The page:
Is your doormat squishy and virtually useless after a rainstorm? With a fine-tooth handsaw or a jigsaw, cut a piece of 2 x 4-ft. suspended ceiling plastic grid (about $10 at a home center) to fit under your mat. Air will circulate better under the elevated mat and help it dry faster and prevent mold from growing in the fabric. The plastic grid is sturdy and won't break under the heftiest footstep in your neighborhood. To keep mud from getting in your house, consider installing this mud-busting boot scrape.
It's difficult to clean out the cloudy residue left in slim flower vases. You can make any vase sparkle by adding warm water and denture cleaning tablets. Let it fizz for a few minutes and rinse well.
Zip-Tie Your Decorations
Zip ties are a simple way to string holiday lights on banisters and fences without marring the railing with nail marks. Zip ties are sold at home centers. You'll find them in the electrical supplies aisle. After the holidays, snip the ties off with scissors.
Temporary Valet Rod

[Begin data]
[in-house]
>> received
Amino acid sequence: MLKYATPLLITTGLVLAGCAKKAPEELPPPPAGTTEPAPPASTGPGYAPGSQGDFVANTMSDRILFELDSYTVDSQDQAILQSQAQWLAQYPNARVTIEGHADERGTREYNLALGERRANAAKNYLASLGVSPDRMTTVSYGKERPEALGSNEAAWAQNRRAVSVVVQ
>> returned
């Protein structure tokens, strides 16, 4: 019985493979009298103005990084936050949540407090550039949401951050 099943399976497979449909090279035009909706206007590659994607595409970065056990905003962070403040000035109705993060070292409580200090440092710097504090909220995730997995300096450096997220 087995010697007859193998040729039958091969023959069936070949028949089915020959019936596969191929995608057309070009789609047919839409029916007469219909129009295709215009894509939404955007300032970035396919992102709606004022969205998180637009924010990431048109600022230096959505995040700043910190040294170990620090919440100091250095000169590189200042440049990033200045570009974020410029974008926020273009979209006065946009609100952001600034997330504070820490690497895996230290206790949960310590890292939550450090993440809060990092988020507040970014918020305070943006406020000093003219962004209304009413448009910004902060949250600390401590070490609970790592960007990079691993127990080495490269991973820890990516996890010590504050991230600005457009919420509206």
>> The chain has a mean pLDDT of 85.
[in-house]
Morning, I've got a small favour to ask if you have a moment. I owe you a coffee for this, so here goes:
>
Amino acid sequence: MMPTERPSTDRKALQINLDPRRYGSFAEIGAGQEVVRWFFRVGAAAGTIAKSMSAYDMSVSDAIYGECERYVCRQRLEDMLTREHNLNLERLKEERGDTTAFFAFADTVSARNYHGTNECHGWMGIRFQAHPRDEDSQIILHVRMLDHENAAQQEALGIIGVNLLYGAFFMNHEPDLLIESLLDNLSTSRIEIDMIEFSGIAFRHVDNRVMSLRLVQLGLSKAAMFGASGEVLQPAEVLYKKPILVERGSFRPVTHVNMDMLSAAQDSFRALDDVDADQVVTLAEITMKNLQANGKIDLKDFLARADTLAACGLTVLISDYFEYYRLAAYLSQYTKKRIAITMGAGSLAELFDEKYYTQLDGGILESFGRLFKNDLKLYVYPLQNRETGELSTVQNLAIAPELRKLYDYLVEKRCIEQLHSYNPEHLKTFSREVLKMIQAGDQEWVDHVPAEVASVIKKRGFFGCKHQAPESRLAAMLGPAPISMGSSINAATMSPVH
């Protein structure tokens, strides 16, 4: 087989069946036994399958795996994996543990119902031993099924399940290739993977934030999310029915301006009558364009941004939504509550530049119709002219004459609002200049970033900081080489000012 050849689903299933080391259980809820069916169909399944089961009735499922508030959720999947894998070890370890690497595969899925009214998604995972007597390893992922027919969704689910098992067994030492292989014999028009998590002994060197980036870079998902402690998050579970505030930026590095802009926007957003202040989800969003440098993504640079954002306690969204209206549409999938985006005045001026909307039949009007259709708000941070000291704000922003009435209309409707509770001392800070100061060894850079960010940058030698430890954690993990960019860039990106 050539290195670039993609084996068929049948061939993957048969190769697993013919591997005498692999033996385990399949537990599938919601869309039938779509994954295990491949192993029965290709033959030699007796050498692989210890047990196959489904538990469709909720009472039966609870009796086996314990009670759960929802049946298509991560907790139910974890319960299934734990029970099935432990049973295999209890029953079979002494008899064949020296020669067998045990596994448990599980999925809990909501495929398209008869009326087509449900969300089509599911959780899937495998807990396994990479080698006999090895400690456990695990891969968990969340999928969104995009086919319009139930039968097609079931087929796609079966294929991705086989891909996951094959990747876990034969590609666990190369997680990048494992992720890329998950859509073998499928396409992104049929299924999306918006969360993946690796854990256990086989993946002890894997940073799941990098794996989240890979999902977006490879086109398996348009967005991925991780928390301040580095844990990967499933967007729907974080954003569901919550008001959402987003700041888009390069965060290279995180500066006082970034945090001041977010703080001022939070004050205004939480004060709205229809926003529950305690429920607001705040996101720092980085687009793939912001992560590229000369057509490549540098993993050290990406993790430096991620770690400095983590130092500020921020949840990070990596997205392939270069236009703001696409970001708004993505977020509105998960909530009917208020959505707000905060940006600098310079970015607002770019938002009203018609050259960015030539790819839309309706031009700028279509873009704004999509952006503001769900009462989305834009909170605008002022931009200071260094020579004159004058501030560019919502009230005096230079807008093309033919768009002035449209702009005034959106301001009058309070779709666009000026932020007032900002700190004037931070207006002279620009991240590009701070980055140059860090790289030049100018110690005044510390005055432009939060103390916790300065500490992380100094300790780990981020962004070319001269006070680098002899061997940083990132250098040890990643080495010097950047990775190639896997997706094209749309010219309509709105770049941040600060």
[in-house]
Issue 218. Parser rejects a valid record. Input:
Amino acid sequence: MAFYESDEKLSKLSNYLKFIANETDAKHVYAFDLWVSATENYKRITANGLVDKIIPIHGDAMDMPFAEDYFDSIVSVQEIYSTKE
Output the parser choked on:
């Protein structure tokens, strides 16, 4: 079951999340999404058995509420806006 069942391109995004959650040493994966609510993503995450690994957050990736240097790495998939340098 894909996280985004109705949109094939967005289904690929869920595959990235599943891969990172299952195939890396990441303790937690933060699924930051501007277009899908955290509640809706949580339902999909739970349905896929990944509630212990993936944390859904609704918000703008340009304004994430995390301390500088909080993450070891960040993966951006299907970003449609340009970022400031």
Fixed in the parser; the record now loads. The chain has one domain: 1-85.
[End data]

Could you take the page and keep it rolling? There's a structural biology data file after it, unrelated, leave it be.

When you need temporary clothes-hanging space around the house, keep an extra shower tension bar handy. Put it between the jambs in the laundry room door on heavy laundry days. Or, use it in the bedroom closet to pack for trips or stick it in the closet opening in the guest room/den so overnight guests can hang up their clothes. It's a quick and easy way to gain an extra closet! Want more ways to expand your closet space? Who doesn't! Check out these 16 tips.
Clean Out Dryer Lint
If you notice that it takes longer than normal for loads to dry in your clothes dryer, it may be time to clean out the vent. First detach the duct from behind the unit and then push a plumbing snake through your dryer vent from outside. Tie a rag securely to the snake end. Pull the cloth and snake through a couple of times and your clean vent will not only save energy but possibly prevent a fire as well.
Carbon Monoxide Season
You've got a house full of guests, so the oven and stove are working overtime, the water heater is struggling to keep up with demand, the fireplace is burning and the furnace is fighting the cold. It's the perfect setting for carbon monoxide buildup. So if you don't already have a UL-listed carbon monoxide detector, put it at the top of your shopping list. Detectors are available at home centers and discount stores. Get more information about carbon monoxide detectors and smoke alarms and keep your family and friends safe all year.
Hang a Wreath on a Door
To hang a wreath on a door—without leaving an ugly nail hole—drive a small screw into the top of the door, leaving the head protruding slightly. Tie a piece of fishing line to the screw, tie the other end to your wreath and then drive the screw in completely. Need help hanging decorations on your walls? These tips make it easy.
Better Holiday Light Clips